Structurally, Militello constructs the difficulty of this as a strict dichotomy through her forming seven sections — plus prelude and postscript poems — each with a heading of what the self is not: a shadow of the self, a symptom, a battery of tests, what is said about the self, a study of the world, and a cure. We often come to understand ourselves or our situations by the void, the ‘not’ statements, and these headings suggest science, a factualness that Militello then resists with the exactitude of her worlds, worlds verifiable only by our complicity. No research or study will make this cartography hold.
What does hold together is language, the poems speaking to their collection’s title. On the one hand,
the poems, in conjunction, hope to explore selfhood not by definition, but by carving out possibility through these groupings of similarities of meanings. On the other hand, Militello brings us back to the etymology of ‘thesaurus’ as a storehouse or treasure, especially with her ability to make musical rough sounds:
The machine in us becomes what mixes
to make a man, what picks him from a pile
of bones. Drink from this and it will itch
in you, bewitch you, cause you to begin. (3)
This passage in particular alternates between soft hums of ‘m,’ lulling ‘ou,’ and strikes of ‘x’s, ‘k’s, the mouthful immediately engaging our auditory attention for the contrasts and shifts that will sustain us throughout Body Thesaurus. We are being remade through redirection of our attention away from ourselves, beyond our current circumstances and the tired ways we talk about them. Militello isn’t necessarily telling us much we don’t already know within these piles of bones, but she does so accessibly, crafting images that ultimately feel so starkly intuitive, threading together phrases so surprisingly natural to how the mouth moves, we want them to be as integral to our physical bodies as the figures she allows us to inhabit.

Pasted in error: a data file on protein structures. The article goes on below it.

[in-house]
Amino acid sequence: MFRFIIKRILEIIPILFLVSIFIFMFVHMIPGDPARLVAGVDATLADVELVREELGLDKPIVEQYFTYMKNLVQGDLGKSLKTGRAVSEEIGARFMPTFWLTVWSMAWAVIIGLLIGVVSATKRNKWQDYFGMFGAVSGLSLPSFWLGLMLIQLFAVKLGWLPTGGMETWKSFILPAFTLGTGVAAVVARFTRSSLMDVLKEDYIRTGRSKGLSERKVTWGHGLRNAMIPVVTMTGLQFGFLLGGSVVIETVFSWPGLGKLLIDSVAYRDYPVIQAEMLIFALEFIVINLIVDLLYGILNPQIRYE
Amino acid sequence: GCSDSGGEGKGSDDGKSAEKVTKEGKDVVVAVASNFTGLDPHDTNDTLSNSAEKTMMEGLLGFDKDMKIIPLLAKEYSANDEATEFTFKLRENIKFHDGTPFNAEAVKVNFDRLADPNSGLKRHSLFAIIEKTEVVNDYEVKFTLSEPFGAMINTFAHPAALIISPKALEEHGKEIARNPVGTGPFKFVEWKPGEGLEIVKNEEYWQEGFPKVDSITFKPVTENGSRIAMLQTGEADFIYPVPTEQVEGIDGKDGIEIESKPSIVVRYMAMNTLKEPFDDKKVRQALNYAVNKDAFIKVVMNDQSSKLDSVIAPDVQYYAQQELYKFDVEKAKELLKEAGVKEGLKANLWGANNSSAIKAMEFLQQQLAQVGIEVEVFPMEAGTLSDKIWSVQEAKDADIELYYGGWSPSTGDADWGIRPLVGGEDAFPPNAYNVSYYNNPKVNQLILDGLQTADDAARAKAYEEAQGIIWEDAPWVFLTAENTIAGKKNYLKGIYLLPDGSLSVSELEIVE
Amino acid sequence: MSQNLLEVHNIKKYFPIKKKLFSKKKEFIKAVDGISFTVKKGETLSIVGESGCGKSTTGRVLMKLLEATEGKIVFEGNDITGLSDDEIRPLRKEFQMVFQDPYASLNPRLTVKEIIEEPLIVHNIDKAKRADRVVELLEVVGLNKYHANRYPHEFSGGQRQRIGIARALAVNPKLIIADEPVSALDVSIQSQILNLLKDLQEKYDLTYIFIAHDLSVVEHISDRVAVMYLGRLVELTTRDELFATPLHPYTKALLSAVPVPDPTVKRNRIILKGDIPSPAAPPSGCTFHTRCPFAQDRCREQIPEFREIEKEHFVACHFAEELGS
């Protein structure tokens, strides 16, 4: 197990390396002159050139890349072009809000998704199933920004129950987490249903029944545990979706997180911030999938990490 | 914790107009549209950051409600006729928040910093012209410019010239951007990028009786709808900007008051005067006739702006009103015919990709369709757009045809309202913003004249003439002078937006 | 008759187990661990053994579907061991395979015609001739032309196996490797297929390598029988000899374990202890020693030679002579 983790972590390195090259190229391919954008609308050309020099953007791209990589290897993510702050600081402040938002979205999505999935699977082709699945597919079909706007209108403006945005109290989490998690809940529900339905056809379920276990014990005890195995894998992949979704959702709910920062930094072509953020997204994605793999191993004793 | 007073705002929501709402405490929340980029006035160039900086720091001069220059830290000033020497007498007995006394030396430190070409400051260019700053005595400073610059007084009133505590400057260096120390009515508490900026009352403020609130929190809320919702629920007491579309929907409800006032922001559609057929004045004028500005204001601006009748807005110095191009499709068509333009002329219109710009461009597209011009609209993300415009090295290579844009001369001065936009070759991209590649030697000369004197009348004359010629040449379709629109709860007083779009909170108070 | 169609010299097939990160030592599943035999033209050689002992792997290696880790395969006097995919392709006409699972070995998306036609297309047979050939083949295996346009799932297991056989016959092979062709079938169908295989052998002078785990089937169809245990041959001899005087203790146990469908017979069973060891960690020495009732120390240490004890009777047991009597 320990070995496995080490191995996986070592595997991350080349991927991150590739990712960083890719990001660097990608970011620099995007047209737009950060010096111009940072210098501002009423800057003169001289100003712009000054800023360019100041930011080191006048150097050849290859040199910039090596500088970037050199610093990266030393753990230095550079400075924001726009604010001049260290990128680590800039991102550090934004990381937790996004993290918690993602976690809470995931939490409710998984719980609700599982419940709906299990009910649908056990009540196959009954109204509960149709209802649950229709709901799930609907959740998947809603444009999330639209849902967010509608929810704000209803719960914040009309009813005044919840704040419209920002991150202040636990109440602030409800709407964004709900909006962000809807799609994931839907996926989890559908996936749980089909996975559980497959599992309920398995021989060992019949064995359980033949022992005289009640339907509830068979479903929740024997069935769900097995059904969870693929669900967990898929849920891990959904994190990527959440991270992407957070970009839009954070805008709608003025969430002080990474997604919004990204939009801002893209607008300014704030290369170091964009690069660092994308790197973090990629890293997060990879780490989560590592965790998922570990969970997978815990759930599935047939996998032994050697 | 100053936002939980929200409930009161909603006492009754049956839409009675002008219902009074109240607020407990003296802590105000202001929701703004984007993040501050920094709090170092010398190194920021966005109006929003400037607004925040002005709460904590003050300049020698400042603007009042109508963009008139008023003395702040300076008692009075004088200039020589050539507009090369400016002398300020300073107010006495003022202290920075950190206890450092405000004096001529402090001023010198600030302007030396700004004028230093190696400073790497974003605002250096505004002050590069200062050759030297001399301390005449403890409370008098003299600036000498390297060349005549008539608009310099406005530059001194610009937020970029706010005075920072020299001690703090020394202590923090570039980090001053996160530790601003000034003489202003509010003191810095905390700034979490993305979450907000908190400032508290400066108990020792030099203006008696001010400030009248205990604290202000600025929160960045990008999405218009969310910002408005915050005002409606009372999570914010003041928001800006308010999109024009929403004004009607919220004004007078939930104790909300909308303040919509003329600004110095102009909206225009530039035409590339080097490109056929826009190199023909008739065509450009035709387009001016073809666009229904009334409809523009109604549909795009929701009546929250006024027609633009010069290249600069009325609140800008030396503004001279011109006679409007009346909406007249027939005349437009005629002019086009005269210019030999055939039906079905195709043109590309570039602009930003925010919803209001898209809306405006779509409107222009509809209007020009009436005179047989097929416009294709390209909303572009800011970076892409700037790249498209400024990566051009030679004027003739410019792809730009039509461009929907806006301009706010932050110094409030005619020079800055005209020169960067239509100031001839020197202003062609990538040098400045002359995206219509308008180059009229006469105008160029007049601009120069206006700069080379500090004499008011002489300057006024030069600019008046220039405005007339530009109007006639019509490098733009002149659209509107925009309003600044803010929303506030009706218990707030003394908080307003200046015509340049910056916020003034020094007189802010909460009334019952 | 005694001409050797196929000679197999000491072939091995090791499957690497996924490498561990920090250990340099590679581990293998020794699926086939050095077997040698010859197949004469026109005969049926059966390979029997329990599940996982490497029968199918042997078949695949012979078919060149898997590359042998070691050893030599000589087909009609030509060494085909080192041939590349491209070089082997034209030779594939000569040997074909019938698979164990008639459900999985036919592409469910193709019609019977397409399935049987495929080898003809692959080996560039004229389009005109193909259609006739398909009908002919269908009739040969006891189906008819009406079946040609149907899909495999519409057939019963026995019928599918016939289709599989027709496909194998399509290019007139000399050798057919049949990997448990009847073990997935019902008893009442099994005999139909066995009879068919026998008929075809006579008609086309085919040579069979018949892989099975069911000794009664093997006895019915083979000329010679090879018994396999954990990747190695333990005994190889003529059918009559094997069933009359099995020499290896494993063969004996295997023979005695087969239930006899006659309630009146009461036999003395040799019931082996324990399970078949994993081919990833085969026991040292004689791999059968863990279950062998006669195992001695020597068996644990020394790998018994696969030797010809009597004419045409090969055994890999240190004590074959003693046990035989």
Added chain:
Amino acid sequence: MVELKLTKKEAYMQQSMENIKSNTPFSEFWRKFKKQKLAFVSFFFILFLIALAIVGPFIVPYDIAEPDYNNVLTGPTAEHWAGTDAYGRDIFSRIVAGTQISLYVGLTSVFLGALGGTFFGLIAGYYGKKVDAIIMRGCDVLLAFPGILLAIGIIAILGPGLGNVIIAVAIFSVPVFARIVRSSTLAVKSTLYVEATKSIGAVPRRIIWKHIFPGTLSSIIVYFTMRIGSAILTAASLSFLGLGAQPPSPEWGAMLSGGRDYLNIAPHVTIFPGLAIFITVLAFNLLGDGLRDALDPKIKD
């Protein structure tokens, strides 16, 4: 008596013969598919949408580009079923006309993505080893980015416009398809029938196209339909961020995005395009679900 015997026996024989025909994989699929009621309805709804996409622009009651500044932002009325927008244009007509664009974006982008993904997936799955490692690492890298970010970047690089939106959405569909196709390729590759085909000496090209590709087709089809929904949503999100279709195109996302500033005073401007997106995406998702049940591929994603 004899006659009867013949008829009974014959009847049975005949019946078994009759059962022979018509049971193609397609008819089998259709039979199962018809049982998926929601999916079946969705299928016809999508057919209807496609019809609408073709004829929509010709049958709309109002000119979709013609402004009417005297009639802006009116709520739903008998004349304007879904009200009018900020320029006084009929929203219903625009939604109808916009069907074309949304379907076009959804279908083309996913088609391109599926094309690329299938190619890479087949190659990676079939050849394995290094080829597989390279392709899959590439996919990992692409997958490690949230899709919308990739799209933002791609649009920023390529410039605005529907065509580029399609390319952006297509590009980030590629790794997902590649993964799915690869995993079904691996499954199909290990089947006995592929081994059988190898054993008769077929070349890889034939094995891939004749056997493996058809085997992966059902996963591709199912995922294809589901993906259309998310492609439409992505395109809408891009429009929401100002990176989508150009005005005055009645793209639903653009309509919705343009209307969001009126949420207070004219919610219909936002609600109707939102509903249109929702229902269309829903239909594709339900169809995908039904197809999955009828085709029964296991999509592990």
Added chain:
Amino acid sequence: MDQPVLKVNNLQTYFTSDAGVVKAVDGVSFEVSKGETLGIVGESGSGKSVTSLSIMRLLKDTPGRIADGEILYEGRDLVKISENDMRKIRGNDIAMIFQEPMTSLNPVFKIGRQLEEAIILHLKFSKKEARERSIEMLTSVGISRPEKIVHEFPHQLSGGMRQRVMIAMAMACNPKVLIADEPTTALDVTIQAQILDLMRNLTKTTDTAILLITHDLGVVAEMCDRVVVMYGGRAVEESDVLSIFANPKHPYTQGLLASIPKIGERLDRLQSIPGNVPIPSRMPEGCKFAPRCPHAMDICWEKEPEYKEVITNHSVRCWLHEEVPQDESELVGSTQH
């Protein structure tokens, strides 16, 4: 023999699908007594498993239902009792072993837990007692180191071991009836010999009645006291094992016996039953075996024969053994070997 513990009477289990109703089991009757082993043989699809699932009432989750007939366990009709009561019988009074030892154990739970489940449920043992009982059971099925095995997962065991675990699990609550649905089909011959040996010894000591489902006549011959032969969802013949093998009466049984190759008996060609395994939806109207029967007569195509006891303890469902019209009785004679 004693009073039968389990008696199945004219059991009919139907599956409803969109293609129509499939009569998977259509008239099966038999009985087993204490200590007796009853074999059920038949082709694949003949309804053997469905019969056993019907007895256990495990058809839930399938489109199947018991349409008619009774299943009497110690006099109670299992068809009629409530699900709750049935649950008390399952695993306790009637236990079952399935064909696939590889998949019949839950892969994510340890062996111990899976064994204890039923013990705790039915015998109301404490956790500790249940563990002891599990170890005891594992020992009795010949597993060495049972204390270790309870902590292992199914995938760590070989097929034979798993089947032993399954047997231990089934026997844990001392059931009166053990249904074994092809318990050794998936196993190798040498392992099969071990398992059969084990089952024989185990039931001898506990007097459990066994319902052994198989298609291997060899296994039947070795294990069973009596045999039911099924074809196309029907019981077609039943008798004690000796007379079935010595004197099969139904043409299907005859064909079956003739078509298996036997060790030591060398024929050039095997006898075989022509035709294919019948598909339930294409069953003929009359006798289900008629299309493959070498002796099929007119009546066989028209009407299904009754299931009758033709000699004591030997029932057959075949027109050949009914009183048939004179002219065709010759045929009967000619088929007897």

I first came to Militello’s work during a reading as she promoted her 2009 collection Flinch of Song. So sharp and confident as she offered those poems, every word felt a devastating comfort. This is why I’ve kept her close, and why I’ve looked to her work for guidance in my own writing and escape from it, by turns. These years later, making imagination and reality irrelevant distinctions to the heart of a memory, the title poem “Body Thesaurus” points directly inwards, reminds me why it is so important to understand,
Your lids are the lime-lined,
impromptu graves of thieves. As a mind,
your body is a wall of leaves; let its edges whisper (59)
We might be unsure of ourselves, but we are trying, searching for a quiet song, a dark woods that holds not the word, but the many words that make real the feeling we had as we understood how incomplete we were yesterday.
Christine Holm began writing poetry while employed in social services and continues to find spaces where creative work overlaps with community service, from writing with palliative care patients through Poesia del Sol to teaching inmates with The Writers in Prison Project.